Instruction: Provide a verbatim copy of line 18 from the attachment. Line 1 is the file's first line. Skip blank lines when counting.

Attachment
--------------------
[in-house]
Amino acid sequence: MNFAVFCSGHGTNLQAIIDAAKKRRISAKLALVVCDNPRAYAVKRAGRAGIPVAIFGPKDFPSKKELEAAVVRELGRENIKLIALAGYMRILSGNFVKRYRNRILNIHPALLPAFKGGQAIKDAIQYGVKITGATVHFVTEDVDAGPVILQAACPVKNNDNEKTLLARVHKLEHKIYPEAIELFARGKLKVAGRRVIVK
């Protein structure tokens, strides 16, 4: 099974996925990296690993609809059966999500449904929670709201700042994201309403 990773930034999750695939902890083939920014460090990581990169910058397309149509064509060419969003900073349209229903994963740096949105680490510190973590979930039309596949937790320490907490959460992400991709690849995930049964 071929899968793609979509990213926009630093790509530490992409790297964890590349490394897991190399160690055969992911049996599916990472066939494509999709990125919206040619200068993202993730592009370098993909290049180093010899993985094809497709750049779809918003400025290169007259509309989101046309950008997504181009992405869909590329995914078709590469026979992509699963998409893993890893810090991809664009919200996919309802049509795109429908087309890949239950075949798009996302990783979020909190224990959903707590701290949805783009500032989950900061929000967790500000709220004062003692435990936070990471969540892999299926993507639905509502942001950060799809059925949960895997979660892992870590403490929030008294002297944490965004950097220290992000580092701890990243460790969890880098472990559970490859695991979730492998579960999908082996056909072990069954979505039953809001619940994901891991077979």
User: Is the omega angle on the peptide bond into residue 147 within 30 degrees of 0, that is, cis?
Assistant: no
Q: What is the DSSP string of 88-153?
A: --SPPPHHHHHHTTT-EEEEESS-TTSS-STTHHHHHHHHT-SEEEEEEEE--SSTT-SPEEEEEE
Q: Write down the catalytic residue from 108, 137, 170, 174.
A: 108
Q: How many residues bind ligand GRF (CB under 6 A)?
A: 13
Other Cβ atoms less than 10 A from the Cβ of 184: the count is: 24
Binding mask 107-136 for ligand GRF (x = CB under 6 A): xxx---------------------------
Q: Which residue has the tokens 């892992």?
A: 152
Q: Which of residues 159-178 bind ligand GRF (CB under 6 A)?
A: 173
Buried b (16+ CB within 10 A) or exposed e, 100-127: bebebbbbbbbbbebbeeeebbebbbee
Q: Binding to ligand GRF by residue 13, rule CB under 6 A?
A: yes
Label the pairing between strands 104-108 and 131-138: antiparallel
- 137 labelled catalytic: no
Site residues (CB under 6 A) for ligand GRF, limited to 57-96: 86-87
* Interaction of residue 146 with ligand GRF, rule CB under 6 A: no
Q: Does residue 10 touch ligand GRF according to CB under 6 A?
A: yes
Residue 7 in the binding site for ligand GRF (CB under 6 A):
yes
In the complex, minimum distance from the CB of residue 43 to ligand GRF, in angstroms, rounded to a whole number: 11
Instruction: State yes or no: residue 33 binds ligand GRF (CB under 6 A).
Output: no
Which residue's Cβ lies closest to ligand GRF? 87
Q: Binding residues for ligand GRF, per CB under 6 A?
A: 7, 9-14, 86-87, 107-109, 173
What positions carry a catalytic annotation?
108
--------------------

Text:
Buried b (16+ CB within 10 A) or exposed e, 100-127: bebebbbbbbbbbebbeeeebbebbbee